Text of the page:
Summary of 'Aida'

Sinopsis de 'Aida'
Sinopsis de 'Aida'

Ramfis, the High Priest, and Radamès, a young captain of the Guard, are alone in a room of the palace. Radamès is hoping to be chosen commander of the Egyptian troops which must confront the invading Ethiopian hordes. Absorbed in his own dream of glory, Radamès longs for a great triumph he can offer his beloved Aida, an Ethiopian slavegirl in the service of Amneris, daughter of the Pharaoh. The priest must consult the goddess Isis to know the name of the one chosen to be the saviour of the fatherland. Amneris –also in love with Radamès– enters with Aida. Amneris is burning with jealousy as she knows Radamès loves another woman and houses the suspicion that the woman is Aida, her slave. The Pharaoh and priests arrive: Isis has determined that it is Radamès who will lead the Egyptian force against the invaders, led by their king Amonasro, father of Aida. On hearing of the appointment of Radamès, the slavegirl’s feelings are divided between love and patriotism. Inside the temple of Vulcan, we hear the distant chanting of the priestesses invoking the protection of the gods; blending in with them are the invocations of Ramfis and his priests. In the course of the ceremony that follows, Radamès is invested by the High Priest with the sacred arms and consecrated for victory, as all pray to the god to protect and assist him. 

A group of slavegirls entertain Amneris as she prepares for the celebration of triumph, since news has been received of Radamès’s victorys. However, Amneris takes recourse to a scheme that will assure her of Aida’s feelings, giving the false news that the young commander has died in battle. The young slavegirl is incapable of hiding her distress, thus revealing that she truly loves Radamès. Amneris immediately admits she was lying and Aida cannot control her emotions, above all when Amneris confesses to her that she also loves Radamès. On the point of confessing her true origin, Aida manages to control herself and not mention her royal lineage, although she does admit that she lives only from and for the love of Radamès. Amneris threatens fierce revenge.

Triumphal scene at the gates of Thebes. The crowd breaks into joyous acclamations of victory. The parade is led by Radamès who, together with his troops, also leads their prisoners. Radamès receives the crown of victory from the hands of Amneris, and then begs clemency for the prisoners, among whom Amonasro is concealed. Seeing her father in chains, Aida cannot avoid revealing that she is his daughter. Ramfis advises the king to execute them but finally a compromise is reached that the prisoners will be freed on the condition that Amonasro remain as a hostage. The Pharaoh, as a prize for his victory, grants Radamès the hand of his daughter, Amneris.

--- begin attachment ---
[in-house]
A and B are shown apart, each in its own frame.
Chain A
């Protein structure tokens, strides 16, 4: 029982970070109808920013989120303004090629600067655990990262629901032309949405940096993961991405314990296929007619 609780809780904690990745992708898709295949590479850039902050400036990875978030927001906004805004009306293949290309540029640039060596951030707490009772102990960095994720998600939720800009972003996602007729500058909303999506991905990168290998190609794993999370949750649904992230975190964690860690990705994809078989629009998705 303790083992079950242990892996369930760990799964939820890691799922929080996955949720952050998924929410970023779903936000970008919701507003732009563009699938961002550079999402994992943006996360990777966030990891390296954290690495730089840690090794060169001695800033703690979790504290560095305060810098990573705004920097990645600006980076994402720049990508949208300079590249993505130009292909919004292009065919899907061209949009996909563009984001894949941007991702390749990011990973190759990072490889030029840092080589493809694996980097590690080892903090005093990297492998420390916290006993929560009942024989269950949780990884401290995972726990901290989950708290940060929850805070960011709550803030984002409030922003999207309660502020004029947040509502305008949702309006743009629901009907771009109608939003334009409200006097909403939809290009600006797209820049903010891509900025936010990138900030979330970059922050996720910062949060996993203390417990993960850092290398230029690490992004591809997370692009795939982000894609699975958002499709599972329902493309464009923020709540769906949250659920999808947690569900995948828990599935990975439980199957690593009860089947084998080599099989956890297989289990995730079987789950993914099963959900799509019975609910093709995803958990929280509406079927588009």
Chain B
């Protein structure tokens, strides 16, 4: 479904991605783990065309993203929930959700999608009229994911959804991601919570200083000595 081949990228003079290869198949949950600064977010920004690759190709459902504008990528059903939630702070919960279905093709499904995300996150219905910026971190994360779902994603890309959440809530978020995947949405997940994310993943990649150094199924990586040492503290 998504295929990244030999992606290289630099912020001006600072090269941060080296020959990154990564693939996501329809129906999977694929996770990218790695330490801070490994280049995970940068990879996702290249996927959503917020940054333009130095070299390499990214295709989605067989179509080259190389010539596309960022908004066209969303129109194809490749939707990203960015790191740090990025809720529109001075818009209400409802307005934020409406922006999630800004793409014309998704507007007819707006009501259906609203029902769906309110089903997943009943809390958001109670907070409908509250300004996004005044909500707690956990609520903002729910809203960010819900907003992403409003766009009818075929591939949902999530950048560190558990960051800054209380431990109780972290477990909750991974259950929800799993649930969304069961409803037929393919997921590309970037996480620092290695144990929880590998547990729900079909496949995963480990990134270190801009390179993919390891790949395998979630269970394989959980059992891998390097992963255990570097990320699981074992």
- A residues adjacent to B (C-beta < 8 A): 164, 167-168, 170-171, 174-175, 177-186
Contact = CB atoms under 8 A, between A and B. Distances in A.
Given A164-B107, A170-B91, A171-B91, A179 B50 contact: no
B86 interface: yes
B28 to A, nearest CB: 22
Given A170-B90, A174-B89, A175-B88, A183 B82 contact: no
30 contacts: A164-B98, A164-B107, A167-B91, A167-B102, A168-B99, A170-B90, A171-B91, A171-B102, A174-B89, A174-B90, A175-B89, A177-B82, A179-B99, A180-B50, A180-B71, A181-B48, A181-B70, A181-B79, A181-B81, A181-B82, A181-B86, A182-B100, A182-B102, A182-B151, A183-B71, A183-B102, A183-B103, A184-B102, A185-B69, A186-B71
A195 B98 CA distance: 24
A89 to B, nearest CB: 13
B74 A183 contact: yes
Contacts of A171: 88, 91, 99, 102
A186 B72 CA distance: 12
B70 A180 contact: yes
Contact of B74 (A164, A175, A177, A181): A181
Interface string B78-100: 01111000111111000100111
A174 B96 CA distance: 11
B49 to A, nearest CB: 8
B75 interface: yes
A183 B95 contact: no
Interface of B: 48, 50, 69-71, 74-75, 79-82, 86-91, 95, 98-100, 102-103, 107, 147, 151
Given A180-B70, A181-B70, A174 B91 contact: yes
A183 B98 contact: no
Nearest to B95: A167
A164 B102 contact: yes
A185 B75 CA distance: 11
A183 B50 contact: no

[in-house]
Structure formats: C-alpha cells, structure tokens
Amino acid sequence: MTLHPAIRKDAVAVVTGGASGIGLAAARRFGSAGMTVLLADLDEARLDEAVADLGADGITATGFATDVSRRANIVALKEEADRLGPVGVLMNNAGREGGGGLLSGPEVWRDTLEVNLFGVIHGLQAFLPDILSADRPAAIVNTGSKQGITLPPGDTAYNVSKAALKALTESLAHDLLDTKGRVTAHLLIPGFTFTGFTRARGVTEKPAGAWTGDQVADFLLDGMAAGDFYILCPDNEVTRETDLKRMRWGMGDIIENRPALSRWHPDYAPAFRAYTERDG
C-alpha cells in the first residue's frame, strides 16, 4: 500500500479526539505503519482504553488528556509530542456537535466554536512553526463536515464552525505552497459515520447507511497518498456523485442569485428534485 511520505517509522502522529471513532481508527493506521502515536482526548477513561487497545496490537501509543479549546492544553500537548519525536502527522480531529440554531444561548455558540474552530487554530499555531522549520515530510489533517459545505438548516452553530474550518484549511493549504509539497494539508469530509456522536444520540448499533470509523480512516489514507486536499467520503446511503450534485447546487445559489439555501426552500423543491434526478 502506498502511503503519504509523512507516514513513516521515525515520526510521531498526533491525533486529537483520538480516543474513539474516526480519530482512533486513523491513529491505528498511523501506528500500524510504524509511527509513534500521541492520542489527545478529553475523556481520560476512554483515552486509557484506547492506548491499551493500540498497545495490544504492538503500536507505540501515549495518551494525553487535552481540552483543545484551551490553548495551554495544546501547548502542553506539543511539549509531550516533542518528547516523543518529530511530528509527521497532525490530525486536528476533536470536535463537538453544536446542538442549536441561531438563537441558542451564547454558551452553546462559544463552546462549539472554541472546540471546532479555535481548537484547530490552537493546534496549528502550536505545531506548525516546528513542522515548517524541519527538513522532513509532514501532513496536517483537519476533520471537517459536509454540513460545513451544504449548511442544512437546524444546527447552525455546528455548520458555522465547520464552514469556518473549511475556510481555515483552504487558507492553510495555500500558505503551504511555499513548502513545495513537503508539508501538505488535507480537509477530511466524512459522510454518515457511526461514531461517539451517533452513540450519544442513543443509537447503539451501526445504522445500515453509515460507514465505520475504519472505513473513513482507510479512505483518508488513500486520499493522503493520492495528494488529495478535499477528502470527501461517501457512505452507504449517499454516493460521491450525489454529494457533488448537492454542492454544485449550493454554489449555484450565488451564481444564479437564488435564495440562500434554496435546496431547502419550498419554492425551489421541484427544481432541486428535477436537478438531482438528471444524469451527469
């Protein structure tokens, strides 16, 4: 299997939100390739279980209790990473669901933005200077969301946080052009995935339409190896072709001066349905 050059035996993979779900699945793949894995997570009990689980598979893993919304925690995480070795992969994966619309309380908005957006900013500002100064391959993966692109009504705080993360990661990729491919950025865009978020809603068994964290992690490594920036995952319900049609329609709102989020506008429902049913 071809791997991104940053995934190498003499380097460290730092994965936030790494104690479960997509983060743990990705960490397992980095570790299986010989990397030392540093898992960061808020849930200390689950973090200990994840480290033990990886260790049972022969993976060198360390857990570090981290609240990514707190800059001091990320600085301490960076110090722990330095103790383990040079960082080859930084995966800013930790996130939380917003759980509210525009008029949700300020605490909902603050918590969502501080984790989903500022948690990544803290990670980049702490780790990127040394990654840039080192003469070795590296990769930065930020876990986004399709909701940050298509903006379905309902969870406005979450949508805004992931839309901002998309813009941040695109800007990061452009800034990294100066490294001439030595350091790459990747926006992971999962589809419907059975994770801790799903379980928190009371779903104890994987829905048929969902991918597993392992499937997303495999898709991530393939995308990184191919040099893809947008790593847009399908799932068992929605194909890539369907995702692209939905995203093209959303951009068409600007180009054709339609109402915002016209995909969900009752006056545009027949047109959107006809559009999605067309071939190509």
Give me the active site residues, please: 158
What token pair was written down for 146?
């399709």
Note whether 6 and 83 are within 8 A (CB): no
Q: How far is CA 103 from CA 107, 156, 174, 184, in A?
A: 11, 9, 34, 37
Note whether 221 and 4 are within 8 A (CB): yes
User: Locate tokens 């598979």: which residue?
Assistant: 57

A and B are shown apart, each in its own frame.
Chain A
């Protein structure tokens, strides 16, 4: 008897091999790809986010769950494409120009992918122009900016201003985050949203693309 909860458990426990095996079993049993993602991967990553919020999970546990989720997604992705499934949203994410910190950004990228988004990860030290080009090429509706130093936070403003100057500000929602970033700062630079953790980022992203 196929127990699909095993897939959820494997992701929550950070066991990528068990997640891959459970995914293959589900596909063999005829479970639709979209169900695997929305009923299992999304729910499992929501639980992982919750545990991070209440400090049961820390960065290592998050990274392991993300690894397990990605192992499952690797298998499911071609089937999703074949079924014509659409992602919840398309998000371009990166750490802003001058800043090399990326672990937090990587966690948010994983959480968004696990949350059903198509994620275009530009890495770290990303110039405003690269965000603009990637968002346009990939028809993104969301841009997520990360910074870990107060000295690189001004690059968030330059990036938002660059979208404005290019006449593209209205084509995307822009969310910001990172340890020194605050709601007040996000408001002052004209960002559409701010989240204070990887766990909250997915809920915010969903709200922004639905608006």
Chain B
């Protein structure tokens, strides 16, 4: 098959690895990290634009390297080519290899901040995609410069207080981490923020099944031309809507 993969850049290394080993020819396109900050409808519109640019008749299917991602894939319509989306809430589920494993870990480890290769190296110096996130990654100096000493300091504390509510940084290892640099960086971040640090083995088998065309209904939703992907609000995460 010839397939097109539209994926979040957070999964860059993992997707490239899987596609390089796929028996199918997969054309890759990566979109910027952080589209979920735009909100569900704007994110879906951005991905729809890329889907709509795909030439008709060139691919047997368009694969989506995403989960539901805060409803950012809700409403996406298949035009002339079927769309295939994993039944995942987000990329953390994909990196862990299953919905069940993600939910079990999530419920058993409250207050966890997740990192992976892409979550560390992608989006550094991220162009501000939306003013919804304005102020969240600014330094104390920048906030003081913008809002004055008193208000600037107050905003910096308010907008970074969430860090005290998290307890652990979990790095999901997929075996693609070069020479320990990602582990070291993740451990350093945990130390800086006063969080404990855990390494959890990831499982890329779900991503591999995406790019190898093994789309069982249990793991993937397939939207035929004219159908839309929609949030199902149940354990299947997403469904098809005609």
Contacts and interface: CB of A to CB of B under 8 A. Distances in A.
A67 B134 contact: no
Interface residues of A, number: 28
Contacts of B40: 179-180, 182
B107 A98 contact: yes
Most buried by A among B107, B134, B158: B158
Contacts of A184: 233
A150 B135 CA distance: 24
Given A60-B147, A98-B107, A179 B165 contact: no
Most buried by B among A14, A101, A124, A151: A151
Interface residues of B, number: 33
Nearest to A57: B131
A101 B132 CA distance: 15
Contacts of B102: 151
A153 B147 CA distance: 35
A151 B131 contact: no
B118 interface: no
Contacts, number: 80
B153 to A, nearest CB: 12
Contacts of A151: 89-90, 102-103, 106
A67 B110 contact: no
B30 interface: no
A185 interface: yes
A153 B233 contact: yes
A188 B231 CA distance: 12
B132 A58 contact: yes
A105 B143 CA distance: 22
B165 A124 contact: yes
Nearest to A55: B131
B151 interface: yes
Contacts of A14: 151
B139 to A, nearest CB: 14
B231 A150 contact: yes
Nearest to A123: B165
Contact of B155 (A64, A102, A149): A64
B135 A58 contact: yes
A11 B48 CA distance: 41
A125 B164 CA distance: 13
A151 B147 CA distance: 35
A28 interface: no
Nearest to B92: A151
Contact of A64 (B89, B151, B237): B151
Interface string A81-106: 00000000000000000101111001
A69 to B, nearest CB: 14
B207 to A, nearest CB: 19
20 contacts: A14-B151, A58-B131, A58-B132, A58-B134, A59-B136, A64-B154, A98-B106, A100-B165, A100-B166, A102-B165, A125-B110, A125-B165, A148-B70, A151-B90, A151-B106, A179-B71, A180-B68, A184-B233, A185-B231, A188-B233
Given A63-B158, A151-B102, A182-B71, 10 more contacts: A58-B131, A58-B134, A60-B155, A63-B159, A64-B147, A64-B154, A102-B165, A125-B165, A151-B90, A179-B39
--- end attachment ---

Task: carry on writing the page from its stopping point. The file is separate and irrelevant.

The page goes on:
Prior to the celebration of the wedding, Amneris and Ramfis go to pray at the temple of Isis. Aida appears in order to secretly meet with her beloved. However, Radamès’s interest toward his daughter has not escaped the attention of Amonasro who obtains from her a promise to find out from him the secret route that the Egyptian army will be taking. Radamès confesses that he will soon again be leading his troops and will request from the king as a prize for victory, freedom and the hand of Aida. She makes him see that neither the priests, nor Amneris, nor the Pharaoh will consent; only escape will put an end to their suffering. Radamès then reveals that the Nápata Pass will not be guarded and they can escape through it. Amonasro violently interrupts and reveals his true identity to Radamès, who is taken aback by the knowledge that he has unwillingly betrayed his country. They are surprised by Amneris and Ramfis as they leave the temple. Amonasro moves against Amneris, but Radamès intervenes, facilitating the escape of Aida and Amonasro, and then surrenders himself to the High Priest.

Amneris, still in love with Radamès, wants to save him, in spite of knowing he attempted to flee with Aida, and she tries to convince him to deny the charges against him, but to no avail. She then tells the general that Aida is alive and she will obtain a pardon for Radamès if he will renounce his love for the slavegirl. But he will not consent to it and prefers to atone for his own guilt. The young leader, judged by the court of priests, is found guilty and sentenced to the death reserved for traitors: he is to be buried alive. While Radamès waits his death, Aida appears unexpectedly. The Ethiopian has also had herself immured alive in order to end her days in the company of the man she loves.